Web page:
Spineless Wonders is delighted to introduce Seetha Nambiar Dodd, the author of the power piece ‘Fair Enough’ that discusses skin colour, identity and childhood, published in the audiobook Moon Orchard. Growing up in Malaysia, Seetha was constantly surrounded by Enid Blyton books. Now, she lives in Sydney, Australia with her husband and three children in a chaotic adaptation of Five Go Adventuring Again. She writes when the house sleeps. Seetha’s prose, poetry and freelance articles have been published in anthologies and on various online platforms. Her favourite colour is red and her favourite word is ricochet. This interview discusses Seetha’s inspiration for ‘Fair Enough,’ her current works and her favourite pieces from Moon Orchard.


What inspired you to write the piece that is included in Moon Orchard?

This story had been developing in my head for a long time. But it was recalling the conversation with my son about skin colour that compelled me to write it down. When I thought about my own childhood experiences, those memories became threads that stitched everything together to form this piece.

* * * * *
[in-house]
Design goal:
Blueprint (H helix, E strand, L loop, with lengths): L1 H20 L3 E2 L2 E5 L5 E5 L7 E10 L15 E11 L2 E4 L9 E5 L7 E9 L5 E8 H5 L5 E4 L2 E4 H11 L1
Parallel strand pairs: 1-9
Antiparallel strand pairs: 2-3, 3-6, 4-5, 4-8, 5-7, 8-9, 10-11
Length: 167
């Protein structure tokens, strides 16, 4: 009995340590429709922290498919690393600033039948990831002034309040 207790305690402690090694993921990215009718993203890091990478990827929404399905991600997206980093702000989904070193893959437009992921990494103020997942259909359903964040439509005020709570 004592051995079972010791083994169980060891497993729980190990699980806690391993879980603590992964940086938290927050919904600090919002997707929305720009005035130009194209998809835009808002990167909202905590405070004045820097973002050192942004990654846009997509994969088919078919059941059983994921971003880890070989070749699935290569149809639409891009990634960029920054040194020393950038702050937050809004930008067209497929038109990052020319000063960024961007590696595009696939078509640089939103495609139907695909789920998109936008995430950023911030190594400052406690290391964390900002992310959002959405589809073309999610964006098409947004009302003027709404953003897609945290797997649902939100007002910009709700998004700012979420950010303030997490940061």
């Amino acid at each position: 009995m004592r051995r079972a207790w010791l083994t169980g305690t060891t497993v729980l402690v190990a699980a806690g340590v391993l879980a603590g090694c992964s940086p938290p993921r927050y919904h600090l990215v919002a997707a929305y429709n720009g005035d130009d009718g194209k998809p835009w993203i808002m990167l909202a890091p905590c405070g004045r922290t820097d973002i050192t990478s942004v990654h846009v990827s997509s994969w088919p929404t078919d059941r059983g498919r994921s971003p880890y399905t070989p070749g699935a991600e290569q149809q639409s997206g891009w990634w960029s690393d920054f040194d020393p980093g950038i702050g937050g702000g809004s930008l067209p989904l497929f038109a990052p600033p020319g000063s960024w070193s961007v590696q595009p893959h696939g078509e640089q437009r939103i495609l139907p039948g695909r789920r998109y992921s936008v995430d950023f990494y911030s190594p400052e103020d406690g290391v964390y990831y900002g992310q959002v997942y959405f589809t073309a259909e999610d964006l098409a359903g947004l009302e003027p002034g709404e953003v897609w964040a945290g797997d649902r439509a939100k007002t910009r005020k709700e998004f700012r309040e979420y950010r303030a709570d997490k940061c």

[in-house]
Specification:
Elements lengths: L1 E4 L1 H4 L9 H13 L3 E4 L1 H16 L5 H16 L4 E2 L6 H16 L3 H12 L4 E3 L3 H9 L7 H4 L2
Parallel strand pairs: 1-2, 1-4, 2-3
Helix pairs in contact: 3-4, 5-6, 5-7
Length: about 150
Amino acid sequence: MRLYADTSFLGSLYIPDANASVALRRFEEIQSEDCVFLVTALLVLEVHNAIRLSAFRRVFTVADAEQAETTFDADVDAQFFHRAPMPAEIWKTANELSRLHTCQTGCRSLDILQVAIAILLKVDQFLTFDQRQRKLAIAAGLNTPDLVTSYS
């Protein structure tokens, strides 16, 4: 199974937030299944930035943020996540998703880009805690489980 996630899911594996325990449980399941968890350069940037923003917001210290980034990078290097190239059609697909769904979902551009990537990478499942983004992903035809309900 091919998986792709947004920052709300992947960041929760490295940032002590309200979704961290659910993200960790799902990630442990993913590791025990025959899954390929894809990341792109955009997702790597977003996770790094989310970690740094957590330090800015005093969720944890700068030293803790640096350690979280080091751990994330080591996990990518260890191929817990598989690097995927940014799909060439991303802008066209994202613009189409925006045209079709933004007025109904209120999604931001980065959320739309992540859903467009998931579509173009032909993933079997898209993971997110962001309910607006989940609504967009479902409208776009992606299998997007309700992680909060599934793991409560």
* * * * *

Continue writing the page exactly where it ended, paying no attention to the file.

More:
What are you working on now?

I’ve recently immersed myself in the world of writing for children, so I’m working on some picture book manuscripts. Mostly with characters who defy the odds and challenge stereotypes.


What are you reading/listening to at the moment? Who are some writers/creatives we should watch out for? 

Alice Pung is a favourite in my house – I’m reading ‘Laurinda’ at the moment, and my youngest son has loved ‘Be Careful Xiao Xin!’ which is a wonderful picture book. I’ve just finished Trent Dalton’s Love Stories which held me by the heart and did not let go. I would also love to read more from the other writers and creatives in this anthology!


Now that you’ve listened to Moon Orchard, tell us what your thoughts about it, do you have any favourite pieces? 

I’m honoured to be a part of Moon Orchard. What a beautiful way to gather the stories and the soul of South-East Asian voices. I’ve loved listening to every one of these creative and incisive pieces, but my favourites are Lin Blythe’s clever vignettes ‘And/Or’ and Isabelle Quilty’s poetic piece ‘The Quiet Places I Walk’.

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